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Instrumental Influences: Reflections on the Classical Guitar From the Instrument's Most Influential Performers and Pedagogues Paperback – March 31, 2011
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"Instrumental Influences is a veritable treasure-trove of anecdote and insight into the world of music making from some of today's great masters who live and breathe the guitar. Author Donn LeVie Jr. provides a significant contribution to the musician's literature that probes the questions of what is required to become, and what it means to be, a great musician."
Andrew Zohn, DM
"In Instrumental Influences, Donn LeVie Jr. has collected the thoughts and inside reflections from many of the most dedicated and experienced pedagogues and performers in the field and stitched them together (along with his own contributions) in this insightful and coherent guide. Any guitarist seeking illumination along their bewildering inner journey will find guidance from this wealth of anecdotes and impressions."
Guitar Salon International
From the Author
More than a few people told me that getting some of the world's best classical guitar artists and teachers to provide essays for a book would be like herding cats, with so many involved with busy touring and teaching schedules and living all over the world. To my surprise--and theirs--it was far easier than I ever hoped it would be. Each artist was so very approachable and excited to participate in this first-of-its-kind project that focused on the inner reasons and influences for teaching and performing on classical guitar. Each artist selected which chapter "influence" to write about, and some provided more than one essay for more than one influence.
I offer my own perspectives on these influences as a classical guitarist (solo and at times with my Allegro Austin flute partner) who performs on much smaller stages and for smaller audiences--mostly church congregations, house concerts, senior living centers, hospitals, schools, museums, wedding receptions, libraries, community centers, private corporate functions, civic organizations, and so on. As such, I present one facet of the "everyman guitarist" who, through choice or circumstance, lies farther below the radar than any of the guest essayists in this book.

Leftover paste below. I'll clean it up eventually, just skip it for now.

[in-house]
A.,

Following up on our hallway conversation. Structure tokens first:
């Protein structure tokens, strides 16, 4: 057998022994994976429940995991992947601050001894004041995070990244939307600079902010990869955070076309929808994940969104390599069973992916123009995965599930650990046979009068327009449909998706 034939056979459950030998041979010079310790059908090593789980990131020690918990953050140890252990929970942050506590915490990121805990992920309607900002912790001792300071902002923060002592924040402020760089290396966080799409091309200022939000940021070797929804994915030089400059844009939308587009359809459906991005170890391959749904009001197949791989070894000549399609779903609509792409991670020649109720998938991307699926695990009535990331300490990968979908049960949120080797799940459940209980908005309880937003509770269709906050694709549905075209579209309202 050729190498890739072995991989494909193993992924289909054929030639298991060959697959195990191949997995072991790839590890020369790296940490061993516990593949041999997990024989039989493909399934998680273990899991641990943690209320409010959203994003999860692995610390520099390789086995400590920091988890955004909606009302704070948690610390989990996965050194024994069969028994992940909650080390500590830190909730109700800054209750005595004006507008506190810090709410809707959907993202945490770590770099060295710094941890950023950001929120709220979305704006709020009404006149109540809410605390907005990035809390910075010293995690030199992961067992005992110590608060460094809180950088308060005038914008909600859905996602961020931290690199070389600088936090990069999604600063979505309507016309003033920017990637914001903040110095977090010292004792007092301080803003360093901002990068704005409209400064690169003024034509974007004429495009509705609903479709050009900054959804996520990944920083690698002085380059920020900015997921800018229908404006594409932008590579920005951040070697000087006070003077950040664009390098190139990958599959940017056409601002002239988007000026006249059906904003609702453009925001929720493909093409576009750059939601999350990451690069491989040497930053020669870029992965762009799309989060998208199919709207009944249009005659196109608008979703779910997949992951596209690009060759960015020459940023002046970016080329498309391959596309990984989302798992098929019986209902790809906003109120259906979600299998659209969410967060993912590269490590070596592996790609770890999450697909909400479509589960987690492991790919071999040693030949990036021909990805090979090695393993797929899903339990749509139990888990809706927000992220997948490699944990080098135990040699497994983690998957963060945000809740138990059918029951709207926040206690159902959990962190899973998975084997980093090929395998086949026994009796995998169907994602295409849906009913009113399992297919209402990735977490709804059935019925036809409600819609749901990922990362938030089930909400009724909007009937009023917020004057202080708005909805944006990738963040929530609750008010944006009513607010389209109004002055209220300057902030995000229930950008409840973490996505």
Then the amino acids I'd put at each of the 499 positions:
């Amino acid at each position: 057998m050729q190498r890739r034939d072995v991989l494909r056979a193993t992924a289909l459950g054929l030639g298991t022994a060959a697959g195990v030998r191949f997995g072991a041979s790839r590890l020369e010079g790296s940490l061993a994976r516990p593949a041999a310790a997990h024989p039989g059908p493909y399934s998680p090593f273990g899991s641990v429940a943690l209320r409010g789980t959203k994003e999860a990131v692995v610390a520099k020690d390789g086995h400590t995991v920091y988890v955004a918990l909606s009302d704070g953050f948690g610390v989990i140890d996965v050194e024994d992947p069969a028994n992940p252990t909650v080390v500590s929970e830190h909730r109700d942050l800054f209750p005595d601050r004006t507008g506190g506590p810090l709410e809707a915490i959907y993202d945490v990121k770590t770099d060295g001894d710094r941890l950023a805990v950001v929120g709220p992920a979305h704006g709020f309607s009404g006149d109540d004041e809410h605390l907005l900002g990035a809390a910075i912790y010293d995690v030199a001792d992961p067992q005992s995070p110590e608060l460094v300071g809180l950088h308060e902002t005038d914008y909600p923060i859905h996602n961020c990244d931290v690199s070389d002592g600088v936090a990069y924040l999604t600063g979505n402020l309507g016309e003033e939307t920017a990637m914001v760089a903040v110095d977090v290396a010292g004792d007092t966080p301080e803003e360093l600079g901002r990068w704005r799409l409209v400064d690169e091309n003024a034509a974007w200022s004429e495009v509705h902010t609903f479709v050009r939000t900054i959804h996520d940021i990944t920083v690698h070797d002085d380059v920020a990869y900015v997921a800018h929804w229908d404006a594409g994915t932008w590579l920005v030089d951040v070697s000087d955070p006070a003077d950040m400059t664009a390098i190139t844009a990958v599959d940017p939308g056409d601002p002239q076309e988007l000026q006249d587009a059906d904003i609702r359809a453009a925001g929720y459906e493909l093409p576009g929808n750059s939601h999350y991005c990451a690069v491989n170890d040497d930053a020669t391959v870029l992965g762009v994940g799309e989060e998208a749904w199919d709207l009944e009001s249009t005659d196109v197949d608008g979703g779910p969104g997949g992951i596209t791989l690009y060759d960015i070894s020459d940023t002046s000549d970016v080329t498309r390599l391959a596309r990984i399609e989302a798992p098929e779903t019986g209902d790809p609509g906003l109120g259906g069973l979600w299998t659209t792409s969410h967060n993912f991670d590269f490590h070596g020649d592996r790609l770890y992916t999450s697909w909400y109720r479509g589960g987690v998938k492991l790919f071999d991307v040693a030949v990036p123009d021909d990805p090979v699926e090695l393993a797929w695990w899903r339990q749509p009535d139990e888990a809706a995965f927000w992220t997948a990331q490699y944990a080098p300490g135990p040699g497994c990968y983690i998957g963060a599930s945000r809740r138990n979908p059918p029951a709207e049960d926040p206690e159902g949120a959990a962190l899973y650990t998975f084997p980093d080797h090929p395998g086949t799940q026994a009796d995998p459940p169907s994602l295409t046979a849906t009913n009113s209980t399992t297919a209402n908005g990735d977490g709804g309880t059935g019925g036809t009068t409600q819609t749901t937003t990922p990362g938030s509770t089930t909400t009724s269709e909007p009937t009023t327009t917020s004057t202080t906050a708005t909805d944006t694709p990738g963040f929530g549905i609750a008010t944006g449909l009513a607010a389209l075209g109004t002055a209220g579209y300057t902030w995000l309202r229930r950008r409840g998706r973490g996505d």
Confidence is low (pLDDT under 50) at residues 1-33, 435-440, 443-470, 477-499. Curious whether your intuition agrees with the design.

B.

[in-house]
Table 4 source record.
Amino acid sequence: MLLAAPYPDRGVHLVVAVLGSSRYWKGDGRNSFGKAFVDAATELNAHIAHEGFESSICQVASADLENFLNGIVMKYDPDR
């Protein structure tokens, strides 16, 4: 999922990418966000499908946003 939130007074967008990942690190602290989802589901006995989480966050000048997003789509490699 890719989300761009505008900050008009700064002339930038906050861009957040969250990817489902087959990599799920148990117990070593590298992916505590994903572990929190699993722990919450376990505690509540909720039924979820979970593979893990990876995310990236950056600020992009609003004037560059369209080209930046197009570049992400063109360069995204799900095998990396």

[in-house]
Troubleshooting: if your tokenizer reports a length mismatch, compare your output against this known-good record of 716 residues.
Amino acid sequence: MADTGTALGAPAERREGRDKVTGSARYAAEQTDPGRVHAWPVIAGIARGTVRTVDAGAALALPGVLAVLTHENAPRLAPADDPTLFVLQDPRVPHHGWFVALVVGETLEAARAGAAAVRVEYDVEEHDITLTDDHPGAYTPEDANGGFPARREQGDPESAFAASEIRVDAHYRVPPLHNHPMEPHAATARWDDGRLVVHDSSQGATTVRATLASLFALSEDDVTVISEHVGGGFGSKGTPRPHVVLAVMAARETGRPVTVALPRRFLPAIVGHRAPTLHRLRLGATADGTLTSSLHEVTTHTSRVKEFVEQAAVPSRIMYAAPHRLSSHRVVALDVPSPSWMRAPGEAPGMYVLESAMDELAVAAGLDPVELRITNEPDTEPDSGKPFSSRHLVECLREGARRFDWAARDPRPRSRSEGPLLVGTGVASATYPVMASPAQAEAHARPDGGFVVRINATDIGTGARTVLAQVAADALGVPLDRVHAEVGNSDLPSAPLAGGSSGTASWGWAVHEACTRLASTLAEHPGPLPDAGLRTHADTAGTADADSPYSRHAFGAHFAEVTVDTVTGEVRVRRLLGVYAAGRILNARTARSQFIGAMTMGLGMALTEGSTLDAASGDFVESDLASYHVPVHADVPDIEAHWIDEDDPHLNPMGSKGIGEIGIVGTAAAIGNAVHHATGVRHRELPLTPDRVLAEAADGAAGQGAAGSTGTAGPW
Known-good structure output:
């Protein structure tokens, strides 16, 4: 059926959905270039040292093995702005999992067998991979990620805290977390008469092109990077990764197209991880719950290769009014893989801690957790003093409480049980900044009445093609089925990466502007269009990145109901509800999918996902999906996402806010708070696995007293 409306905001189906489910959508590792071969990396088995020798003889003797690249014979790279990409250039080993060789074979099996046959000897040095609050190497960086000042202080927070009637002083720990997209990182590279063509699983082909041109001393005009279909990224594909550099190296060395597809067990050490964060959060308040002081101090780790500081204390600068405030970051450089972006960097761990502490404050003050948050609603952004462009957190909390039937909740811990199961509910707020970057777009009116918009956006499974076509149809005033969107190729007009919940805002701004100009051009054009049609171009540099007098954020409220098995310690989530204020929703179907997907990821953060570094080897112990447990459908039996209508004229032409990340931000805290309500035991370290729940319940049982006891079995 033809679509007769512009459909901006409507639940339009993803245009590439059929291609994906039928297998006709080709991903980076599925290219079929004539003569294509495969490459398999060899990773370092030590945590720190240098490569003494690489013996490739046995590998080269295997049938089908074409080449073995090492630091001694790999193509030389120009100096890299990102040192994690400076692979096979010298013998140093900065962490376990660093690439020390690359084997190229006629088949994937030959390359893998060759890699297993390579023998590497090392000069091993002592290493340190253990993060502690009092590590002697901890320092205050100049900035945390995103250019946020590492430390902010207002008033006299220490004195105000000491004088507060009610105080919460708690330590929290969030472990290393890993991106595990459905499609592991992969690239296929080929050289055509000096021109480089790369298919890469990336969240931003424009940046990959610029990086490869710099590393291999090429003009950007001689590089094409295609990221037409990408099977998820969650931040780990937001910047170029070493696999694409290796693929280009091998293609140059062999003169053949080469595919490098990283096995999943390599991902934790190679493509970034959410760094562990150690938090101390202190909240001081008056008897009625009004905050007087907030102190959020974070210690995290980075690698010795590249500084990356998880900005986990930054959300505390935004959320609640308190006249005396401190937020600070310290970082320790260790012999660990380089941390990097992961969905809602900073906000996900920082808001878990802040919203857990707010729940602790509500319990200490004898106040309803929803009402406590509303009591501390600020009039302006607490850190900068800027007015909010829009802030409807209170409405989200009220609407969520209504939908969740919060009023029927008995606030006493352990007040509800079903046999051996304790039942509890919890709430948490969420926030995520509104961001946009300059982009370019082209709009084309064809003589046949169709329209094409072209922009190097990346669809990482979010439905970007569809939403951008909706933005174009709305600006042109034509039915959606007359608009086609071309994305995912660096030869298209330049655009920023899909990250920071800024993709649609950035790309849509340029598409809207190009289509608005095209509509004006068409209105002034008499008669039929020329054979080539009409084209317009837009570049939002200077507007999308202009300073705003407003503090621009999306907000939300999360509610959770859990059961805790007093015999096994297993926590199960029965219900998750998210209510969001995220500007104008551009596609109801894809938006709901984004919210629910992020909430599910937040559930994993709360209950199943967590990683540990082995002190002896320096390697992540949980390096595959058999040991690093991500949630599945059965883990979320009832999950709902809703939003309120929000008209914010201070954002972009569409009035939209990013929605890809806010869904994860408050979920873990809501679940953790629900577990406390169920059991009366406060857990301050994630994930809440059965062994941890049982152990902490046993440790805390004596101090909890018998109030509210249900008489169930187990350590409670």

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Based on actual page counts, 42% of the content of this book was written by the editor, Mr. Levie. The remaining 58% are essays from "the Instrument's Most Influential Performers and Pedagogues". That 58% could be reduced even further since each contributor gets a biography and promotional write-up after their essay. The essays by Margarita Escarpa and Marco Tamayo are printed twice; first in Spanish and again translated into English. As one reads this book, one forms the impression that there's a lot of filler material that adds little value.
Note also that the essay from Christopher Parkening is not an original for this book. Mr. Parkening had simply sent the editor a copy of an old essay.
The essays from the contributing artists and teachers were among their lighter works in my humble opinion. I found them only slightly helpful. I think the editor recognized this and that is why he chose to fatten-up the book with his own droll material about his learning experiences. In some sections, his own "memoirs" (calling them "essays" would be too charitable) are notably longer. The end results are too many words with very, very few kernels of wisdom, inspiration or entertainment - if any at all since I can recollect absolutely nothing of value that I got from it.
I gave the book away for a library sale.